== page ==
Not long ago, I saw two posts within a week about guys getting stuck in the eyes by fish they’d caught. One was a catfish spine, and the other was a walleye fin. I don’t know if either of those guys lost their vision permanently from those accidents, but no matter what, it doesn’t sound pleasant.
There are hunting accidents every year where people get eye injuries, too. If you took hunter’s safety, you’ll probably recall being told repeatedly you should always wear eye protection when you’re shooting guns or bows.
Most hunters I know wear sunglasses to protect their eyes, but those sunglasses can’t be cheap discount store shades. For one thing, cheap sunglasses aren’t going to be durable enough to provide you any protection if something goes wrong, and for another thing, you probably won’t be wearing them early in the morning or late in the evening, when you’re more likely to actually get a shot at a critter.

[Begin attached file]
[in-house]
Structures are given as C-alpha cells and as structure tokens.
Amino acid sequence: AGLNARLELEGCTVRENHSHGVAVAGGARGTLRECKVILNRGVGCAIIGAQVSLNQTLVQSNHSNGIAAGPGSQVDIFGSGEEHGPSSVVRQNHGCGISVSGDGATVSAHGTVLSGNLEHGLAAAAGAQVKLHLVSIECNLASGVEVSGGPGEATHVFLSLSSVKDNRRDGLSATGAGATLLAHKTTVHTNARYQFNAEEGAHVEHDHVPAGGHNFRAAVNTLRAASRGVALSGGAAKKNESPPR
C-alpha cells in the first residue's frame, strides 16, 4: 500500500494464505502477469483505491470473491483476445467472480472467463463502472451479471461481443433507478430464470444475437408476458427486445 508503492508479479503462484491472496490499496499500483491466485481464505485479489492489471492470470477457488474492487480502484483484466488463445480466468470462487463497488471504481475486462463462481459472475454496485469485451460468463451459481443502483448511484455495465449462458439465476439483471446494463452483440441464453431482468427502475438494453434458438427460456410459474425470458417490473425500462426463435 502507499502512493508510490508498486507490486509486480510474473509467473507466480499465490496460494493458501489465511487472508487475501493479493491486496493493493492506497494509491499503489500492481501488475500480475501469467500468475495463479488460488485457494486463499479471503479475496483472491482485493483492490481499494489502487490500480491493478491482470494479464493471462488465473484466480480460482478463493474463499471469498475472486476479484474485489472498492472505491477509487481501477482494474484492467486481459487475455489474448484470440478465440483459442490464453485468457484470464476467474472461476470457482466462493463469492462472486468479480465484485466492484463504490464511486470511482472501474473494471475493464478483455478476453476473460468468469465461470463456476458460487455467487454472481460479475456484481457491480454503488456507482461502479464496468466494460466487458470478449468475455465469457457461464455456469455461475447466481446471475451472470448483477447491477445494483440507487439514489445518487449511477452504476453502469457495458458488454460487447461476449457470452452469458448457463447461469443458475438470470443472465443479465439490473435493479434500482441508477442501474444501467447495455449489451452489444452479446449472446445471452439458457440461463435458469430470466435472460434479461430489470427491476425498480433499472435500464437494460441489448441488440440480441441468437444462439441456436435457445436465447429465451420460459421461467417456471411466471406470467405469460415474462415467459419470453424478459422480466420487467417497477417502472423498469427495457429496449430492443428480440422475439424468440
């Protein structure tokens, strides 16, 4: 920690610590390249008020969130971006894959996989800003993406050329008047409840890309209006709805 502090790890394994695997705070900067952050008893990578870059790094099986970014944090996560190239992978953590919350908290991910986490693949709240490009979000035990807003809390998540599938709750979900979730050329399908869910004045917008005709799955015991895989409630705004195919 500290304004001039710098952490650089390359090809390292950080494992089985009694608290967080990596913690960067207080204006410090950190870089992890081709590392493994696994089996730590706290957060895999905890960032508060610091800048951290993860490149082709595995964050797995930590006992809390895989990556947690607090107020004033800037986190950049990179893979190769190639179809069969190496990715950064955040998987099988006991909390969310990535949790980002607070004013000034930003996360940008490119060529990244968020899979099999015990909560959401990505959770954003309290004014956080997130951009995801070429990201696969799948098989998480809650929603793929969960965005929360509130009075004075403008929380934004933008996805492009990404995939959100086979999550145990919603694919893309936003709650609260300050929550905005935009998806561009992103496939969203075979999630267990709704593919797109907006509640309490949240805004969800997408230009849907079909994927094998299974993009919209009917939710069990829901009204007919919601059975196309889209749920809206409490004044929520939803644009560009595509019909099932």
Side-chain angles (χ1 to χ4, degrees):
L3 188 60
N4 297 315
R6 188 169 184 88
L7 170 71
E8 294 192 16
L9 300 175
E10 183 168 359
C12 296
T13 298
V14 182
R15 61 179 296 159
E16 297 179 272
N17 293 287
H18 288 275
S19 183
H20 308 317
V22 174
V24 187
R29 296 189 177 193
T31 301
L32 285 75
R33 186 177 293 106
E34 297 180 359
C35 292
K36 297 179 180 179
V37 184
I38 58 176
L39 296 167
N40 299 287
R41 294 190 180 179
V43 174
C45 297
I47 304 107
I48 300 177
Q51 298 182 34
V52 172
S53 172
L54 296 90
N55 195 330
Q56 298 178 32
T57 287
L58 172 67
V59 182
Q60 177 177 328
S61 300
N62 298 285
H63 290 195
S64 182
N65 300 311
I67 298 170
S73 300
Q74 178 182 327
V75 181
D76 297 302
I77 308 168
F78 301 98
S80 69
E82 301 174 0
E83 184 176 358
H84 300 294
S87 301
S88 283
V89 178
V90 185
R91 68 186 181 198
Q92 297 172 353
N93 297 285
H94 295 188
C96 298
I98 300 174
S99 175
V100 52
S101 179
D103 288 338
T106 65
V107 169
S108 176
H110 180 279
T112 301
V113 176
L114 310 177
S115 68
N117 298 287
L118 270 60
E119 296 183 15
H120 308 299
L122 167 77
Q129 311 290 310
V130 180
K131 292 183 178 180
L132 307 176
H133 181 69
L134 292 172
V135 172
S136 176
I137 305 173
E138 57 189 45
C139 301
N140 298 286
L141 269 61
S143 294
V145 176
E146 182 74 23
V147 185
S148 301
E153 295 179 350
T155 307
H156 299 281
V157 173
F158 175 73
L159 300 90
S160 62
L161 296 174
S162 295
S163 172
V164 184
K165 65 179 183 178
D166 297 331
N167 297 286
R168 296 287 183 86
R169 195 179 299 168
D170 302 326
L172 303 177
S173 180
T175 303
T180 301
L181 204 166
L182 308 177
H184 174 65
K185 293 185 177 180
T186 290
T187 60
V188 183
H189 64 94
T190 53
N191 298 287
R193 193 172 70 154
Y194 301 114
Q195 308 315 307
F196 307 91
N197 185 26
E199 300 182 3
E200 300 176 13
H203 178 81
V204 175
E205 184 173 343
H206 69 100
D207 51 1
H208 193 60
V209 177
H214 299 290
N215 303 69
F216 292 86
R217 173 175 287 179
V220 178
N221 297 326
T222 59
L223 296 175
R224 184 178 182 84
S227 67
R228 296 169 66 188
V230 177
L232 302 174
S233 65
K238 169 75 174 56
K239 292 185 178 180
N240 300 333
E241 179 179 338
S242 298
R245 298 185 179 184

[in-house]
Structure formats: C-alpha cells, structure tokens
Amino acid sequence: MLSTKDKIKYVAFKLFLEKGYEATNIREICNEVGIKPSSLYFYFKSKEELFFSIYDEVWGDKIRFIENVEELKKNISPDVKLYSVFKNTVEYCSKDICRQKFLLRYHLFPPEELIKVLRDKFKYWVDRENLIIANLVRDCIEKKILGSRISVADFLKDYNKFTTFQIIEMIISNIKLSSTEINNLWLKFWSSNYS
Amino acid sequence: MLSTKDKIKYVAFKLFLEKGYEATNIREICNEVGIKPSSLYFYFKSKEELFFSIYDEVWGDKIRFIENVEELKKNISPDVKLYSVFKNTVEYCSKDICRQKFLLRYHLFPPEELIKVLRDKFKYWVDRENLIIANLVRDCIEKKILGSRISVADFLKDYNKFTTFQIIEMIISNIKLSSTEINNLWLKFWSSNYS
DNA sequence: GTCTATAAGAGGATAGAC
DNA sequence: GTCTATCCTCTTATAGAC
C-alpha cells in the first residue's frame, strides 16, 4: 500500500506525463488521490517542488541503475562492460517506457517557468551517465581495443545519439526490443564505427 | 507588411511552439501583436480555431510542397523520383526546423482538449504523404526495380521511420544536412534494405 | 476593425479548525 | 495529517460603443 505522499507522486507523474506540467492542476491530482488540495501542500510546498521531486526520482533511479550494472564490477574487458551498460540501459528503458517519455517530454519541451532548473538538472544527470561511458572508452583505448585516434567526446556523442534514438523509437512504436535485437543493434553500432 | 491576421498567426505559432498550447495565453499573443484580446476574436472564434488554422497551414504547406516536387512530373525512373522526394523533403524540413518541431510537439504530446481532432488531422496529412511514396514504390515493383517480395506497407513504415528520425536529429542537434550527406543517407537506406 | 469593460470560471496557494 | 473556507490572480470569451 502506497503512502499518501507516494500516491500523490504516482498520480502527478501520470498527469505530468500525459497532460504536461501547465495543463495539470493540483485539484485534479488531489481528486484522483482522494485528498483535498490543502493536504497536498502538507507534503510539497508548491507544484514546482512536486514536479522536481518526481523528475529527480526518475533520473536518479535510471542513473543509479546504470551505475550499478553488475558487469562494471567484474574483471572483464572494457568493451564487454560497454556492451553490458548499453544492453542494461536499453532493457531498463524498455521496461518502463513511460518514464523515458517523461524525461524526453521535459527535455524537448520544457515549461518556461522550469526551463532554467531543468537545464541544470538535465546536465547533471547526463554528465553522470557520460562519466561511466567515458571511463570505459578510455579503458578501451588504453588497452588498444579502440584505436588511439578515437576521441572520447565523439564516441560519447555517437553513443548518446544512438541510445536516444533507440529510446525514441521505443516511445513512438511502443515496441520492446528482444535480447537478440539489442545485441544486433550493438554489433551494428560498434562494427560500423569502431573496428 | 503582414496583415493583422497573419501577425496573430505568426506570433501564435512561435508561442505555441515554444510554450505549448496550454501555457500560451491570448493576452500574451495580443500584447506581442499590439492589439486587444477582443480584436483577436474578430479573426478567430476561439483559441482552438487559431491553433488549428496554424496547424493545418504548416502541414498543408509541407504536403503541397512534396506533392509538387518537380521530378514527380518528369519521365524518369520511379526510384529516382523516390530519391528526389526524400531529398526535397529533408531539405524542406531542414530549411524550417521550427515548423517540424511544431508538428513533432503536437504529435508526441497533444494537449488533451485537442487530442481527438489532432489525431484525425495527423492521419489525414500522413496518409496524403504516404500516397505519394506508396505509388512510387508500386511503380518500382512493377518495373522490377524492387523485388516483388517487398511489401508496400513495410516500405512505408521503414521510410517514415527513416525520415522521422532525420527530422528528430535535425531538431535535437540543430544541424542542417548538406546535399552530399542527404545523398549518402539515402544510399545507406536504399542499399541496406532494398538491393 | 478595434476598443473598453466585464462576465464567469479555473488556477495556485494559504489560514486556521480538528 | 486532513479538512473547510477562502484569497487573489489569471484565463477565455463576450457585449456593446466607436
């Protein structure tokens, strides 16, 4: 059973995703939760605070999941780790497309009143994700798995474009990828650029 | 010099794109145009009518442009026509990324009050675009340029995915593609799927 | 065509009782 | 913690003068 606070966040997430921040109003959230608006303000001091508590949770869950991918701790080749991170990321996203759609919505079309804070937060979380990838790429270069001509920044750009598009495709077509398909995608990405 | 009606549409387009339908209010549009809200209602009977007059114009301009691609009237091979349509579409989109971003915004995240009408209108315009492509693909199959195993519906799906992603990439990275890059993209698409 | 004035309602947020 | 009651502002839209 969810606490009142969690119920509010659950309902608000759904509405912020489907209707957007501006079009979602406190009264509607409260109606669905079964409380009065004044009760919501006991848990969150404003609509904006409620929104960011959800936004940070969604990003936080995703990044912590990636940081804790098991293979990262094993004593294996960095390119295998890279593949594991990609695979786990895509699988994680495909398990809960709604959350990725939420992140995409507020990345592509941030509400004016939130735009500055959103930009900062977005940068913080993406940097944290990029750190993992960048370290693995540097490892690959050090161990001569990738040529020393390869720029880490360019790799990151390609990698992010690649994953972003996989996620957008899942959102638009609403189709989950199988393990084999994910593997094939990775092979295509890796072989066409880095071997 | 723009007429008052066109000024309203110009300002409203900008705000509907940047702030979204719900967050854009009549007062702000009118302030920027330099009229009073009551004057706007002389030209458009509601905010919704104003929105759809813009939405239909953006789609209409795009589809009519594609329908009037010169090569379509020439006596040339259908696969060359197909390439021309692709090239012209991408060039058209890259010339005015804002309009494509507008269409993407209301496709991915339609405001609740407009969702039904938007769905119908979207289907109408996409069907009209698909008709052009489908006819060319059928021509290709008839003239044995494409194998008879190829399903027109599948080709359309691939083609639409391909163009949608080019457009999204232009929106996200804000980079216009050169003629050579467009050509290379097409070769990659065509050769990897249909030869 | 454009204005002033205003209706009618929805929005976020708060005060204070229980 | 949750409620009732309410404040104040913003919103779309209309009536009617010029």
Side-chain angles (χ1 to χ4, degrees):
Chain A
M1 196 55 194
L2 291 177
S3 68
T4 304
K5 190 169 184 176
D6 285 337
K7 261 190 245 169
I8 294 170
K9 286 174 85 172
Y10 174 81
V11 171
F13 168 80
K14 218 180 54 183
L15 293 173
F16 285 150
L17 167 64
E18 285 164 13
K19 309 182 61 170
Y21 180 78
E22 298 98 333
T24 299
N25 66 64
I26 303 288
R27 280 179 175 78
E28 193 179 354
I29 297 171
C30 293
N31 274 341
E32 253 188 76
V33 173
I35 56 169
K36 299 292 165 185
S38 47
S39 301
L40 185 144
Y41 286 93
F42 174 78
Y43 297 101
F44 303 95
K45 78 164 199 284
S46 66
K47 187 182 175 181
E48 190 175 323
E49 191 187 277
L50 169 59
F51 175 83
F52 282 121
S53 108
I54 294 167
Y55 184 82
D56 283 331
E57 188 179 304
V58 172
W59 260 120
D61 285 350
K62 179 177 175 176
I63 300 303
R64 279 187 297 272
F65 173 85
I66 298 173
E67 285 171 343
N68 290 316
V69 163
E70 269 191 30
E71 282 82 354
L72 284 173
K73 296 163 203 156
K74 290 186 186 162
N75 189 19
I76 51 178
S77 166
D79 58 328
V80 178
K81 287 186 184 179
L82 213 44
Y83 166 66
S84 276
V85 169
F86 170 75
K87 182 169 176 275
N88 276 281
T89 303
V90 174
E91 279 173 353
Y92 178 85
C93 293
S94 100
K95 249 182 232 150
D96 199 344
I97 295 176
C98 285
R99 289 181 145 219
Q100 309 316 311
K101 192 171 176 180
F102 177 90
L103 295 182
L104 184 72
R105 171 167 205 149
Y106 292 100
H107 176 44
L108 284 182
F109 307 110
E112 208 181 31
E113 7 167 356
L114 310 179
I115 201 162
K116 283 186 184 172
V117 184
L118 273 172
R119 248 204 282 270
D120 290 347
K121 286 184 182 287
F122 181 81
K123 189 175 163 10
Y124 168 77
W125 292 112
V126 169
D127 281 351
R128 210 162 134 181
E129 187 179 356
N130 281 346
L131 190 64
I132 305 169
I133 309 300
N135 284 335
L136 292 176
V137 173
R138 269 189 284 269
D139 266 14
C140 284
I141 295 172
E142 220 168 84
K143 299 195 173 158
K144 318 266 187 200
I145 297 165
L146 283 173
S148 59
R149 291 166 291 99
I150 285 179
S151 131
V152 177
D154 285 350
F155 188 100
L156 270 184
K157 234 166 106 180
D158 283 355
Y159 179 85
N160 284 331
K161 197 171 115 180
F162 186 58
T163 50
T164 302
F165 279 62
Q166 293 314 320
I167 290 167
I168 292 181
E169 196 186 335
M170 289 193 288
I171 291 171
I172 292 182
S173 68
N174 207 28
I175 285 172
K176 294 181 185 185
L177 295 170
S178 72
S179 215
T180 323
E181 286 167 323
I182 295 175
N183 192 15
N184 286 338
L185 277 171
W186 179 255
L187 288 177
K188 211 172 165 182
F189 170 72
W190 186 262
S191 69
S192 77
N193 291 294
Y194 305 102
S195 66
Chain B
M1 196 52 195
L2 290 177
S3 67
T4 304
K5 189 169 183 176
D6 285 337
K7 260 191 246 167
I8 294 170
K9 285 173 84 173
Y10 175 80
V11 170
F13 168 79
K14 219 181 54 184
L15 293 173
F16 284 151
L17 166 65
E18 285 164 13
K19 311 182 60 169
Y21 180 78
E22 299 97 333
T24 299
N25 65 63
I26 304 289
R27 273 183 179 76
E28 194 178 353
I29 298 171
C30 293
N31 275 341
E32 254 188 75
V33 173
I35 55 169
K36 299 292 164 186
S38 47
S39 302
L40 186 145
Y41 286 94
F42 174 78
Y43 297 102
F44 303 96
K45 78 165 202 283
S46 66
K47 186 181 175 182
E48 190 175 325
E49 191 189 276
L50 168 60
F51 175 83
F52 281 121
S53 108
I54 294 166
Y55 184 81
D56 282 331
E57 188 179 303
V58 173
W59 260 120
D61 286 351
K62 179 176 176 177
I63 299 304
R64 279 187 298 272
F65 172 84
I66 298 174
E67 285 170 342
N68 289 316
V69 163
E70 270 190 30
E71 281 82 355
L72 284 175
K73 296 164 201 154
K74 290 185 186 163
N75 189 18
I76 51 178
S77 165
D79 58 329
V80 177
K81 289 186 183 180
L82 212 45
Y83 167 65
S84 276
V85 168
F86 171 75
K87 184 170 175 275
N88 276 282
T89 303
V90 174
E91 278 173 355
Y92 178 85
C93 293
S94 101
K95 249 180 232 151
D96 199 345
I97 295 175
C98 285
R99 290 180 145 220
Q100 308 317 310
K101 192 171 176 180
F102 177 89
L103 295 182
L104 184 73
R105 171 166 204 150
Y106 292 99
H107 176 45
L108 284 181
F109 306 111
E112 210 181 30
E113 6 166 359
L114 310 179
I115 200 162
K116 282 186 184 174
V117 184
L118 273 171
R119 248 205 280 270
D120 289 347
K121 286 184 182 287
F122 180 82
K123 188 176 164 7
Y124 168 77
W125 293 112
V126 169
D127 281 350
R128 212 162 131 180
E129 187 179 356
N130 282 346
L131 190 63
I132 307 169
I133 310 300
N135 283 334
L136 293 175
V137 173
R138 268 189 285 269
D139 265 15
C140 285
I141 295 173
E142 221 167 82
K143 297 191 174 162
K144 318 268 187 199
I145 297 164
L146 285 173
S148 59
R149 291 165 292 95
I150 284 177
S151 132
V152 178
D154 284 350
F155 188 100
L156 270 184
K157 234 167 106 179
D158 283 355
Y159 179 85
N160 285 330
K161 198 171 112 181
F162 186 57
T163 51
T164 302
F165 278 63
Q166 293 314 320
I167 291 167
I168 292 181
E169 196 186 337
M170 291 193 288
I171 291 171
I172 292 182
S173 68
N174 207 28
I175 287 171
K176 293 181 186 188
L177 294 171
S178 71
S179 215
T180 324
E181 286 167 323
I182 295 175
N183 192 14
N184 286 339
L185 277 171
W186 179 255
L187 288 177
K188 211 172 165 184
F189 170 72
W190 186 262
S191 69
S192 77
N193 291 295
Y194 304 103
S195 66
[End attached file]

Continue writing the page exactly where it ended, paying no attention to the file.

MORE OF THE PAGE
Your eyes are arguably your most important sensory organs, so spend a little more to protect them. Buy good sunglasses for hunting. Maybe even invest in a couple of pairs – one for low-light conditions and one for bright sun.
I’ve become a big fan of Costa sunglasses. They’re polarized, they provide 100 percent protection against UV rays, and they’re impact resistant. And they come in a bunch of varieties for different light conditions.
I have a pair with gray lenses that aren’t reflective for bright sun, and a pair of what they call “sunrise” for dawn and dusk. They were more expensive than bargain brands, but they’ll actually provide some protection if I need it.
If those fishermen had been wearing sunglasses like these, maybe they wouldn’t have been spined in the eyes.